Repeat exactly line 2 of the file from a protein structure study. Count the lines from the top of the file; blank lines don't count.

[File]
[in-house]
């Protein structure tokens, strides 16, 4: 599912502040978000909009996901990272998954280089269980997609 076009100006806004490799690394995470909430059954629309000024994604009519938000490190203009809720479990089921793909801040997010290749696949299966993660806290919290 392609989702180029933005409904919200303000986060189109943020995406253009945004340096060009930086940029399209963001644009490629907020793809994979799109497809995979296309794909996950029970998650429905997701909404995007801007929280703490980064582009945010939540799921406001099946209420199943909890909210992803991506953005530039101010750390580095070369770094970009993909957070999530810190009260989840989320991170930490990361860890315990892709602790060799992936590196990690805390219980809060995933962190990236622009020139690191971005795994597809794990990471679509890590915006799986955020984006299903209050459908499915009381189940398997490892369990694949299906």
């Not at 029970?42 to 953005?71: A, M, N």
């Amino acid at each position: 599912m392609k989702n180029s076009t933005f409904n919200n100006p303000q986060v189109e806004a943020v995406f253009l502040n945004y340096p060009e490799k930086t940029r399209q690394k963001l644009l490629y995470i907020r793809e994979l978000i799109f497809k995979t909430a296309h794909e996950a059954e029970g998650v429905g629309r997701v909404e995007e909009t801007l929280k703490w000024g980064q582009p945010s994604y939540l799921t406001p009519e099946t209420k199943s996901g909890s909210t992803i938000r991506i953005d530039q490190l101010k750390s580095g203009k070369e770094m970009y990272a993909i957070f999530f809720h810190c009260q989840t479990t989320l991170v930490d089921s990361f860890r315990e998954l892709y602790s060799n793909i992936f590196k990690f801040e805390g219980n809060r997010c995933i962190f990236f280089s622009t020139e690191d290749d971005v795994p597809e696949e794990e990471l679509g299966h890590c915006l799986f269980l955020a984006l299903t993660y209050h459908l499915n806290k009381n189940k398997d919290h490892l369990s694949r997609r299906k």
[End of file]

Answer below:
């Protein structure tokens, strides 16, 4: 599912502040978000909009996901990272998954280089269980997609 076009100006806004490799690394995470909430059954629309000024994604009519938000490190203009809720479990089921793909801040997010290749696949299966993660806290919290 392609989702180029933005409904919200303000986060189109943020995406253009945004340096060009930086940029399209963001644009490629907020793809994979799109497809995979296309794909996950029970998650429905997701909404995007801007929280703490980064582009945010939540799921406001099946209420199943909890909210992803991506953005530039101010750390580095070369770094970009993909957070999530810190009260989840989320991170930490990361860890315990892709602790060799992936590196990690805390219980809060995933962190990236622009020139690191971005795994597809794990990471679509890590915006799986955020984006299903209050459908499915009381189940398997490892369990694949299906």